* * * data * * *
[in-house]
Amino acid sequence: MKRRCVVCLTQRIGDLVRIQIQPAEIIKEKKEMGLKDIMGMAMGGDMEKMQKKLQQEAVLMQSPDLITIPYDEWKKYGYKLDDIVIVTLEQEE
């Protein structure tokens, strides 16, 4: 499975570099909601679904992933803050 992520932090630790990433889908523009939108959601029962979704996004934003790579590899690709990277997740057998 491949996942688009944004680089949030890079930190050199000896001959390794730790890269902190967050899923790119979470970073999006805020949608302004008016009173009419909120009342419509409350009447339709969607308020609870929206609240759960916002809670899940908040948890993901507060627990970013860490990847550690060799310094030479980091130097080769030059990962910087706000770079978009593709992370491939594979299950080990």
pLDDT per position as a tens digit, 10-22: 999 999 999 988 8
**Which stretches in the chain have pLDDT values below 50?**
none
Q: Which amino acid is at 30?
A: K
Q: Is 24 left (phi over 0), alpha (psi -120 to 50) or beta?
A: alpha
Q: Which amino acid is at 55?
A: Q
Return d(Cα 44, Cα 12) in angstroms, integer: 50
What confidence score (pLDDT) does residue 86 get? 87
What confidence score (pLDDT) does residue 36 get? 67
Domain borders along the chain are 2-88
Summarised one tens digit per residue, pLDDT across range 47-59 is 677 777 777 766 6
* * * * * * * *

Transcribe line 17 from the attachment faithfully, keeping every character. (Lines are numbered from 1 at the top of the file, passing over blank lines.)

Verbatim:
Summarised one tens digit per residue, pLDDT across range 47-59 is 677 777 777 766 6